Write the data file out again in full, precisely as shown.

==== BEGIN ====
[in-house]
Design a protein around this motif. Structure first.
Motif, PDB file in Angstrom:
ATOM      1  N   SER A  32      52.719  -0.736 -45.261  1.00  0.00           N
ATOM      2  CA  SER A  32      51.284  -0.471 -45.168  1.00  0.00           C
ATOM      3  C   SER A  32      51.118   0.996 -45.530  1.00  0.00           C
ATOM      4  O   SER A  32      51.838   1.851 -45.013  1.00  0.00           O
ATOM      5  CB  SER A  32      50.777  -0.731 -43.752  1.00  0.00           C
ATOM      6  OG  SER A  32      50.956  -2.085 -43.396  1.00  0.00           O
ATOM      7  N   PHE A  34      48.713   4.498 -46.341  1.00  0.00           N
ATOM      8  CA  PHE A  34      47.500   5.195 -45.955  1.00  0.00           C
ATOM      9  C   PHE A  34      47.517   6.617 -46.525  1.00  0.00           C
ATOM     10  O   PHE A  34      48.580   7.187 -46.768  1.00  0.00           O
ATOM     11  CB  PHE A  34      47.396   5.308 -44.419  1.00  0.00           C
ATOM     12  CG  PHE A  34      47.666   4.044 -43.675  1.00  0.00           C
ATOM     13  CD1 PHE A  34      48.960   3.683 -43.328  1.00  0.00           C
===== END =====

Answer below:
[in-house]
Design a protein around this motif. Structure first.
Motif, PDB file in Angstrom:
ATOM      1  N   SER A  32      52.719  -0.736 -45.261  1.00  0.00           N
ATOM      2  CA  SER A  32      51.284  -0.471 -45.168  1.00  0.00           C
ATOM      3  C   SER A  32      51.118   0.996 -45.530  1.00  0.00           C
ATOM      4  O   SER A  32      51.838   1.851 -45.013  1.00  0.00           O
ATOM      5  CB  SER A  32      50.777  -0.731 -43.752  1.00  0.00           C
ATOM      6  OG  SER A  32      50.956  -2.085 -43.396  1.00  0.00           O
ATOM      7  N   PHE A  34      48.713   4.498 -46.341  1.00  0.00           N
ATOM      8  CA  PHE A  34      47.500   5.195 -45.955  1.00  0.00           C
ATOM      9  C   PHE A  34      47.517   6.617 -46.525  1.00  0.00           C
ATOM     10  O   PHE A  34      48.580   7.187 -46.768  1.00  0.00           O
ATOM     11  CB  PHE A  34      47.396   5.308 -44.419  1.00  0.00           C
ATOM     12  CG  PHE A  34      47.666   4.044 -43.675  1.00  0.00           C
ATOM     13  CD1 PHE A  34      48.960   3.683 -43.328  1.00  0.00           C